I'm almost 100% certain that that's not true. If it is I'd be amazed, that's an immense number. I know Android is getting big but that seems a bit steep.Thought I read this. Apple kind of holds its cards close to the vest, but that figure HAS to be getting their attention. Sure it is over lots of forms, but that is a BIG number.
The source is Google themselves at their earnings call yesterday.Without a reputable source I would not believe it either.
Would that be new phones being activated? Or including reactivating 2nd hand phones? Never quite understood this.The source is Google themselves at their earnings call yesterday.
Are they not reputable enough?
You pretty much hit the nail on the head. And fact that Android is just as good as iOS (although it does come down to personal preference just like OS X vs Windows), makes the iPhone seem nothing but expensive.I was fortunate enough to be at the Formula 1 British Grand Prix this past weekend, along with about 100,000 others each day. By far the most common manufacturer of handset I saw in use there was HTC. Both Google and HTC are doing very well in the UK right now.
A lot of people I know use pay as you go, and I doubt many people want to pay the £510 it costs for iPhone when you can get a decent HTC Wildfire or Orange San Francisco for about £100.
It's the first activation of a phone or tablet that has Google services (usually built-in Maps, GMail, etc).Would that be new phones being activated? Or including reactivating 2nd hand phones? Never quite understood this.
It's the first activation of a phone or tablet that has Google services (usually built-in Maps, GMail, etc).
Most of those inexpensive Asian phones, tablets and other devices are not being counted, as they have no Google activation process.
So the real number being sold is higher by an unknown amount.
There's no magic available to do that.I find it hard to believe that Google isn't reporting every Android phone in that number.
Exactly. I think Apple's main focus is on how much they make rather than how many phones they sell. Admittedly total profit is still linked to the number of phones sold but isn't dependent on being the biggest, more on making the most compelling product with high quality apps that people keep buying.You know what's an even bigger number?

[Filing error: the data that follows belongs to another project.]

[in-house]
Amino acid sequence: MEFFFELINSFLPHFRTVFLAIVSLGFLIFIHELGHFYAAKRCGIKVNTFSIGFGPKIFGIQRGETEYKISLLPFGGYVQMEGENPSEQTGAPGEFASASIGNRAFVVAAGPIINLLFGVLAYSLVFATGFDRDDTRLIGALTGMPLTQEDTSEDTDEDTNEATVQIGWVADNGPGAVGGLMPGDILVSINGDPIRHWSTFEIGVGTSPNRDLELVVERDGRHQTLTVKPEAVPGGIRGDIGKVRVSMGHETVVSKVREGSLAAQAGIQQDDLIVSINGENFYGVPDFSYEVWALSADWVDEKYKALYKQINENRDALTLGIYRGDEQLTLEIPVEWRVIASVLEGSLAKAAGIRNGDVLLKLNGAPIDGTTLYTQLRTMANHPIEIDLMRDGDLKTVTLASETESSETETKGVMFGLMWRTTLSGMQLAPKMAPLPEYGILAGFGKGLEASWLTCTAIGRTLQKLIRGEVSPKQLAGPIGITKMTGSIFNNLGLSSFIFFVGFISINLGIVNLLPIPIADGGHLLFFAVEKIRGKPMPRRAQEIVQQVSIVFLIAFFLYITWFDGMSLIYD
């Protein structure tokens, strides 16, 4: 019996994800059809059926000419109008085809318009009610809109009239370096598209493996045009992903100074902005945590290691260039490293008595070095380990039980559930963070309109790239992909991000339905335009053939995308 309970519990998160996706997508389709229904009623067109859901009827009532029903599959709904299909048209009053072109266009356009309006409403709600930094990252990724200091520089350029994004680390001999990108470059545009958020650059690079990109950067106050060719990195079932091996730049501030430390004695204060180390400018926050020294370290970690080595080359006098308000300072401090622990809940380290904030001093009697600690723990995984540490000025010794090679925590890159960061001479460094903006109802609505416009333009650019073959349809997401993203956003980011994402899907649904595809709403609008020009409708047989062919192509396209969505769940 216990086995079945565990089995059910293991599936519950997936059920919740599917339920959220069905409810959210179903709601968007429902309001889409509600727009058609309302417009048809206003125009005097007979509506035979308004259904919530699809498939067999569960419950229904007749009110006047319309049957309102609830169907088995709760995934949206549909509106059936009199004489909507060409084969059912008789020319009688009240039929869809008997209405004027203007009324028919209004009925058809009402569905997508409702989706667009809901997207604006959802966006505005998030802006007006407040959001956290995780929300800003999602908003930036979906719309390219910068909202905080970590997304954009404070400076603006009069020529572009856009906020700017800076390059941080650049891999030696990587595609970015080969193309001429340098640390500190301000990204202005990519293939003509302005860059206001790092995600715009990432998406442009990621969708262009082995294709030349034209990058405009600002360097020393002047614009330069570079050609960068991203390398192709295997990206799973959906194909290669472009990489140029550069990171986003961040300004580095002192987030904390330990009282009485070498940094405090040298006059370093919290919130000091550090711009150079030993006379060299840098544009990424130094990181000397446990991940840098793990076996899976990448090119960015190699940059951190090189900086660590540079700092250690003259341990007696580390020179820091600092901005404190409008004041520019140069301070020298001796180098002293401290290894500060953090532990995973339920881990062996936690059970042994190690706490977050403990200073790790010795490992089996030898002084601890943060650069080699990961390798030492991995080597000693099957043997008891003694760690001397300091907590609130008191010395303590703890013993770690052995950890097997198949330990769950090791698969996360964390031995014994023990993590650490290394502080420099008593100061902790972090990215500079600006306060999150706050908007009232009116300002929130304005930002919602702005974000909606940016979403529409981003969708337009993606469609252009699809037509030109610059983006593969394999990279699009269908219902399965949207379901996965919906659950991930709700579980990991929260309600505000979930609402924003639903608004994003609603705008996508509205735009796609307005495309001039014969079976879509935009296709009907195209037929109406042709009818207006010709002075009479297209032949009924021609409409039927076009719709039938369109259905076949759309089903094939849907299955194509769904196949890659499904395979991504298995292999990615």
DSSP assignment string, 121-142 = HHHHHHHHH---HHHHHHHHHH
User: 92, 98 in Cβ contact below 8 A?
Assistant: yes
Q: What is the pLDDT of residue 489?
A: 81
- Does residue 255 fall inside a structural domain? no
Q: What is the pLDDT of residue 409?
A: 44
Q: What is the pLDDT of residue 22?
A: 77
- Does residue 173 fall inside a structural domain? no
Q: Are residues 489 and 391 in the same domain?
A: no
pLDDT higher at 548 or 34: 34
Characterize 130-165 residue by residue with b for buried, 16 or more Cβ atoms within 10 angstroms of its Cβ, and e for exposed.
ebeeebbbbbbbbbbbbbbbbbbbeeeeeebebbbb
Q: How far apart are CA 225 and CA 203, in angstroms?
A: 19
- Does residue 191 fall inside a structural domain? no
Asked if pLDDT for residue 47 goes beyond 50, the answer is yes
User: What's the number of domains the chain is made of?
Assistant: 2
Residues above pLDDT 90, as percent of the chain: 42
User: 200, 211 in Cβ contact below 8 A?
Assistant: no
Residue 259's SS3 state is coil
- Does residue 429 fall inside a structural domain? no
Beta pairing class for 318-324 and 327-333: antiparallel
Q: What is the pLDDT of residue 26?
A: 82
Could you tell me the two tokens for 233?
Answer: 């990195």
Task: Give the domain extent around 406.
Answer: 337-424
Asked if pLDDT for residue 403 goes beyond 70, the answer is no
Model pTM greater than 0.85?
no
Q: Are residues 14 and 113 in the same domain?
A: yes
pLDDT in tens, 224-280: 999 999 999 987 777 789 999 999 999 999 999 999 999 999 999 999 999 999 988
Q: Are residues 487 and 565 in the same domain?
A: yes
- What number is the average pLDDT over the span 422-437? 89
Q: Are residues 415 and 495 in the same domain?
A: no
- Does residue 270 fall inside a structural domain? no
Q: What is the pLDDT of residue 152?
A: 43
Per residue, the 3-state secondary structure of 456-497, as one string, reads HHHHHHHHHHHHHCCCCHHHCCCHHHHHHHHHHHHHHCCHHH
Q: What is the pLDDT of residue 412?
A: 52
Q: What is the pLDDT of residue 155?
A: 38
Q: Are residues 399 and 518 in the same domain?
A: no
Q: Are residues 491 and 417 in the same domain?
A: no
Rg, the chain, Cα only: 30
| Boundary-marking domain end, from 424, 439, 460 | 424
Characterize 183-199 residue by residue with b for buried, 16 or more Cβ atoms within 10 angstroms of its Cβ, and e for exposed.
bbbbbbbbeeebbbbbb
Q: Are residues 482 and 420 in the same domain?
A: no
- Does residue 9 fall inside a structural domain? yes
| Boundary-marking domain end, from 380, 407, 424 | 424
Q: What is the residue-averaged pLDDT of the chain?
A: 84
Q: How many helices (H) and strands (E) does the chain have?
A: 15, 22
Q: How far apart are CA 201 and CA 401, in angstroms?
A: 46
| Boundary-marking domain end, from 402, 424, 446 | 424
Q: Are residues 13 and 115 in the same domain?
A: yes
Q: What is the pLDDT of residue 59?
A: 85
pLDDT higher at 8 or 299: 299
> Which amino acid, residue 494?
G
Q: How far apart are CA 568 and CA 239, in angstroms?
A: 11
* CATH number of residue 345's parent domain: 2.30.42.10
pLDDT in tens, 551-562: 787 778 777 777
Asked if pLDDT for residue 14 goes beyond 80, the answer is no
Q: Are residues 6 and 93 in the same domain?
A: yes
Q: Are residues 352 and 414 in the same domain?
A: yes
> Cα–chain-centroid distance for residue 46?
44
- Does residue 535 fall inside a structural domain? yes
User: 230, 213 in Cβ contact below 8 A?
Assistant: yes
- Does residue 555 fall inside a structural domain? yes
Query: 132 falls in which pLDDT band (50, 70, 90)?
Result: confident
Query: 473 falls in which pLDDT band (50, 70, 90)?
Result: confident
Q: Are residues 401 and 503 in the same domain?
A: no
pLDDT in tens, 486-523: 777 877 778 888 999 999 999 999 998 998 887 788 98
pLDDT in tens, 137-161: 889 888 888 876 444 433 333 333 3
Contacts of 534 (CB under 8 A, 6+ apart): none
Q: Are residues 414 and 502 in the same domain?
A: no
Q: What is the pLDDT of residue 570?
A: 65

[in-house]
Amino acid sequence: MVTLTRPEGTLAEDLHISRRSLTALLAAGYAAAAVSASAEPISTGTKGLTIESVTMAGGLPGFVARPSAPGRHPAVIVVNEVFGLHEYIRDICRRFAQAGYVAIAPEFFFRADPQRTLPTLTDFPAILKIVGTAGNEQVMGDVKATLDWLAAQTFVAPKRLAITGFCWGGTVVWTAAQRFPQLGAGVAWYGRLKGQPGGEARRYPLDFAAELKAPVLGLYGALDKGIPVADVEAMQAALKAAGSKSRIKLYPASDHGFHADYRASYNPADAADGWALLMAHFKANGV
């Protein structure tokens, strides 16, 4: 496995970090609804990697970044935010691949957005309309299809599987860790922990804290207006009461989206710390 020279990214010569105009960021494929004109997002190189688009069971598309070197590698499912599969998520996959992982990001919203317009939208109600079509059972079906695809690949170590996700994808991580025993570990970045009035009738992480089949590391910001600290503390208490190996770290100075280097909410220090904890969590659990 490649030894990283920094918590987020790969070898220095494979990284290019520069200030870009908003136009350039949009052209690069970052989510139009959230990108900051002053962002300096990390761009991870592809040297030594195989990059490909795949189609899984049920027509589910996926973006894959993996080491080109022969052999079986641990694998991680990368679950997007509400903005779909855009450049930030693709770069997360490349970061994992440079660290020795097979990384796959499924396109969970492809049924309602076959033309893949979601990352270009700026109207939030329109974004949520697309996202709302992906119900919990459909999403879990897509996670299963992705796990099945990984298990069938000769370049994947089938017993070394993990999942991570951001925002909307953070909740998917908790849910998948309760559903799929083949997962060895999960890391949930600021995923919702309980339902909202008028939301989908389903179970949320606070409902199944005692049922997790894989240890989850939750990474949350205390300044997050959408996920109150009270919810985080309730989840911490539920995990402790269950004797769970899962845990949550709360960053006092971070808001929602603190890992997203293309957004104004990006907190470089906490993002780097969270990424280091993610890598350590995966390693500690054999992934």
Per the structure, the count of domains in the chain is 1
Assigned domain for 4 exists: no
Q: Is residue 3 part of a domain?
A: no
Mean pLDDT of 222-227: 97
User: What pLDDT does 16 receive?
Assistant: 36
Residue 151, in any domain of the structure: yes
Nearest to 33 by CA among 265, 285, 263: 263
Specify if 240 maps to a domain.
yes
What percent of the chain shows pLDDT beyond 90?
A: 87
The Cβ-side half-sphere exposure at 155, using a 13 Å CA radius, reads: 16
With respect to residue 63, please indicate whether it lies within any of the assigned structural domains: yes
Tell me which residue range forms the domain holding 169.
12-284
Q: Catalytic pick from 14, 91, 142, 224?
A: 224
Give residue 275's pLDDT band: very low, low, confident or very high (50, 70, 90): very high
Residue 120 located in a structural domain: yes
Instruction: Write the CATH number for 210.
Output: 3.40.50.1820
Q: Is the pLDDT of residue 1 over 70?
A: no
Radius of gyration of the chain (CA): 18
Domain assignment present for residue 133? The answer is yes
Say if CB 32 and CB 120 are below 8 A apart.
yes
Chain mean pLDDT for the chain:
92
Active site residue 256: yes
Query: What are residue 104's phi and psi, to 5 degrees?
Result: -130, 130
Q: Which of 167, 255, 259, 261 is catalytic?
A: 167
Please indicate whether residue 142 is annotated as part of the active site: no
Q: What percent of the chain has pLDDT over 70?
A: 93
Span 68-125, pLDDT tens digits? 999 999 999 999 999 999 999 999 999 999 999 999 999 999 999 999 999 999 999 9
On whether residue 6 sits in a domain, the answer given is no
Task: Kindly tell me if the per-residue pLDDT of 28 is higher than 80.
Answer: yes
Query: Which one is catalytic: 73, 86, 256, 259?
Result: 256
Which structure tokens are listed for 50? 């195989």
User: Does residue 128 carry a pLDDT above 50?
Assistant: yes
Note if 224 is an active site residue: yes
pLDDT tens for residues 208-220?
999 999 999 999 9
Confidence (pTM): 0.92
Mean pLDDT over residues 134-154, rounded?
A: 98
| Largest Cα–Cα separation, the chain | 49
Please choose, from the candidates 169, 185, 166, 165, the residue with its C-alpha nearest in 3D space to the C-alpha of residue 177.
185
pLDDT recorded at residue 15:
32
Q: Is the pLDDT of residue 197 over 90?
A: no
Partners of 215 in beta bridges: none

Apple's share of the smartphone industry profits.
That's a lot of phones though.
"What effect has Android's "ascendancy" had on Google so far? The first mass-market Android phone, the HTC Dream, was released on October 22, 2008. On that day, Google's stock was $355.67 per share, and its market cap at the beginning of September 2008 was $125.94 billion. Today, Google's stock is $525.10 per share, 148 percent more than before the first Android handset hit the market. That's a respectable increase, but nowhere near the massive rise in Apple's stock. Google's market cap now stands at $171.31 billion; Apple's market cap has grown by over $200 billion since it introduced the iPhone, but Google's has only grown by $45 billion since the first Android phone hit the market. Again, $45 billion is nothing to sneeze at, but it's sure not $200 billion... and since Google's only pulling in $1 billion in revenue per year from Android, it doesn't look like it's had much positive impact on Google's stock at all".
Here is a chart from another article."Here's a couple of forehead-slapping "duh" points these guys are overlooking. First, "Android" isn't a company the way Google is a company. Android is a software platform, like Windows is a software platform. That leads into the second point: Google doesn't charge for Android like Microsoft charges for Windows. Google's profits from Android come from ad revenue, carrier licensing for Google-branded proprietary apps (Maps, Gmail, Market, etc.), Android Market fees and other sources -- but not sales of its smartphone OS. The people who really stand to make money off of Android are the smartphone vendors, and they're all competing not just with Apple, but with one another. Not to mention non-Android and non-iOS players like RIM and Windows Phone makers. And all the unsmart phones out there.